Tip of the week
What to know about rip currents
Recognize the signs. Rip currents are a common danger at beaches: Each year, 100 Americans drown in the fast-moving channels of water that can pull swimmers and waders away from the shore. Though hard to detect, rips aren’t invisible: Look for gaps in the lip of the waves or for trails of muddy or foamy water flowing outward. A rip current is created by excess water that gets trapped on shore and is seeking a way out.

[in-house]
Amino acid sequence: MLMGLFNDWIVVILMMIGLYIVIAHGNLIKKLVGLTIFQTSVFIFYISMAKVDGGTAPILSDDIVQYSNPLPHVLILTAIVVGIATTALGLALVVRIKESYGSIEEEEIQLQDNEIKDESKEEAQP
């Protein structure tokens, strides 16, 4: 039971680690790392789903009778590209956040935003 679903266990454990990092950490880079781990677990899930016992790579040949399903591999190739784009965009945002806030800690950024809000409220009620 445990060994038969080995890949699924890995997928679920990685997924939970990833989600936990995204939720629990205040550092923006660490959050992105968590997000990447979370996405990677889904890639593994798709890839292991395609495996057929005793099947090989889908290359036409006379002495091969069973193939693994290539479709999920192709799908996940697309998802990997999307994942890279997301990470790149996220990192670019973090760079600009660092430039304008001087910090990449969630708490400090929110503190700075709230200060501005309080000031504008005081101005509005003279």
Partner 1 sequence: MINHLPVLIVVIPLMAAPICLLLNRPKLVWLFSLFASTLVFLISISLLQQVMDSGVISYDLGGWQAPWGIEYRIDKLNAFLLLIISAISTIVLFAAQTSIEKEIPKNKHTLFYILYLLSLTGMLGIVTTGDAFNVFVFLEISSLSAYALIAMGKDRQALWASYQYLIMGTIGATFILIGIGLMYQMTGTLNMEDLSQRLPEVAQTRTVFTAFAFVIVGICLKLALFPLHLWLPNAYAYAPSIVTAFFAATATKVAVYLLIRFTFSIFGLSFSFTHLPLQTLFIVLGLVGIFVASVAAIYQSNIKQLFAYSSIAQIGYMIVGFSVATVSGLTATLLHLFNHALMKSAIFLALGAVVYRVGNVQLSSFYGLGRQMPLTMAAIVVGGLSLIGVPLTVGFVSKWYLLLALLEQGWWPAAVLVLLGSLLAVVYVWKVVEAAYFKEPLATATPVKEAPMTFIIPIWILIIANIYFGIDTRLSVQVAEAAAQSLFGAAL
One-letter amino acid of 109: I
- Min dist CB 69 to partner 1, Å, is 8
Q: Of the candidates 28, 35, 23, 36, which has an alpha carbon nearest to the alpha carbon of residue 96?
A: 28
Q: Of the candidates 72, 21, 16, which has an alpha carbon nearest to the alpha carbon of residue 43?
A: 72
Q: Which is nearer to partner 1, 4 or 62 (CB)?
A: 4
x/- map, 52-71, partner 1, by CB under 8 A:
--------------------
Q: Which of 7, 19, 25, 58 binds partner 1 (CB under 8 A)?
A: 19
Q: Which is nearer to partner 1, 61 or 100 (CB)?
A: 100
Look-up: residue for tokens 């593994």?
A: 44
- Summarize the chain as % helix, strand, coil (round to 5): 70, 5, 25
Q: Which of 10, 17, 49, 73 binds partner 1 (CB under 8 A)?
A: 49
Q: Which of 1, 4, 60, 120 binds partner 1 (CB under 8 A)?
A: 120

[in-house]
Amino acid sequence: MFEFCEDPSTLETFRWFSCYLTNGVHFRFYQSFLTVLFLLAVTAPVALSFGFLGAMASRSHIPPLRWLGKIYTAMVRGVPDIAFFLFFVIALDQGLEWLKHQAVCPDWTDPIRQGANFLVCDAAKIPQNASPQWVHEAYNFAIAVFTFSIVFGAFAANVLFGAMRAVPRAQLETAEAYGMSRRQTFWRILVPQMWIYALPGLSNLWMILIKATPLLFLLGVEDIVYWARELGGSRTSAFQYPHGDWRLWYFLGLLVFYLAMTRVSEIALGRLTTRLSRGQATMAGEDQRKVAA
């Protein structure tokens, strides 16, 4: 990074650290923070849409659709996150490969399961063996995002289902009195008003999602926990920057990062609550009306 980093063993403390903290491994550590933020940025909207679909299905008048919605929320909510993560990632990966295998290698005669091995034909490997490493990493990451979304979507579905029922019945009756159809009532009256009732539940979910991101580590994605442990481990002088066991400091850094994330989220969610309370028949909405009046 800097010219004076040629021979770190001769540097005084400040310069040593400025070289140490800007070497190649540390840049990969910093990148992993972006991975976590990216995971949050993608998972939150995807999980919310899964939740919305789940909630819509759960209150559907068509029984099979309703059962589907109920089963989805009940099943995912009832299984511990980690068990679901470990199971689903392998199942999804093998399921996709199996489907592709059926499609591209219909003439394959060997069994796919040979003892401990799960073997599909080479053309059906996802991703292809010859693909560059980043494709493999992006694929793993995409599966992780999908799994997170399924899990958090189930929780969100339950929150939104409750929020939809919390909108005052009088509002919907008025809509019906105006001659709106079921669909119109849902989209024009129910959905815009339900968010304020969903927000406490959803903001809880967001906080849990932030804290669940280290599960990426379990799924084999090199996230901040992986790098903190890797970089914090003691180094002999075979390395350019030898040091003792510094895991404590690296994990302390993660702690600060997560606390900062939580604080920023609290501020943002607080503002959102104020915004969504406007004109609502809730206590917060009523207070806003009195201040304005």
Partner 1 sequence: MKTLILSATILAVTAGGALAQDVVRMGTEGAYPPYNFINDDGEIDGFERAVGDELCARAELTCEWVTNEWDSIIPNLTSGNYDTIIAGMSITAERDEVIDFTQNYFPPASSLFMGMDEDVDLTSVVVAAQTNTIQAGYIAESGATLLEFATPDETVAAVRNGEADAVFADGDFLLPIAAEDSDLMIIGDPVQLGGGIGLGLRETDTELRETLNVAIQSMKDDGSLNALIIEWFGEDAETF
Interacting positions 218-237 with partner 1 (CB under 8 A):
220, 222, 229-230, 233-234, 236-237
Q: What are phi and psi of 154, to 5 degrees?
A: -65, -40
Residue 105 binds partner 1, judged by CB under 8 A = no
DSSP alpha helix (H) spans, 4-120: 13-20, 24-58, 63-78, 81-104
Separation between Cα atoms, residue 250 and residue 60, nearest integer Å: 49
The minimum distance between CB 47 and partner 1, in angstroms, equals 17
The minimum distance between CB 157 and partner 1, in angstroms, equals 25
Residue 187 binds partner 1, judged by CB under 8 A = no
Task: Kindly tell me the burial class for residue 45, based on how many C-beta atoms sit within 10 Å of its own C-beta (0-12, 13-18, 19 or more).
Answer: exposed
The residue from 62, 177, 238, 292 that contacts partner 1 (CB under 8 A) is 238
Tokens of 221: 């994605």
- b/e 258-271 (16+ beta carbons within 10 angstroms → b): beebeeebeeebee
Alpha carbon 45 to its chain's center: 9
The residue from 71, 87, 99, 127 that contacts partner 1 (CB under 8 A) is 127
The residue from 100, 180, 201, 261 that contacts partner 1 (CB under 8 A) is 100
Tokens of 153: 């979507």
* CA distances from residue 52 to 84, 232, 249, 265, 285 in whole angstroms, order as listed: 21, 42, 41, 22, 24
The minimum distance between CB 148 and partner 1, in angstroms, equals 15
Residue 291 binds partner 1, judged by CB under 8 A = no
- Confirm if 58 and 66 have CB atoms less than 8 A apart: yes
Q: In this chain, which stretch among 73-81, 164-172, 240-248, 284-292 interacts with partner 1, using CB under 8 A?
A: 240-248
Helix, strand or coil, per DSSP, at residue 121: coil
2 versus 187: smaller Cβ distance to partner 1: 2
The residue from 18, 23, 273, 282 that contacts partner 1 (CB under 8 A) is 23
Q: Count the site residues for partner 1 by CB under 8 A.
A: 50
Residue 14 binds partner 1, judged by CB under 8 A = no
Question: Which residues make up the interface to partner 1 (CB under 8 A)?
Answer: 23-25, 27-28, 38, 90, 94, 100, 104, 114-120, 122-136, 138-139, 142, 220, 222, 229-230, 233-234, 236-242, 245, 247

Check for flags. Lifeguards use flags to indicate water conditions. A yellow flag means rip currents are present, and a red flag means they’re strong. If you see double red flags, stay out of the water. Rip-current advisories are posted by weather.gov.
Don’t fight the power. Swimming directly against the force of a rip current is a losing battle, even for a strong swimmer. Instead, swim parallel to the shoreline to escape the current, then head toward shore.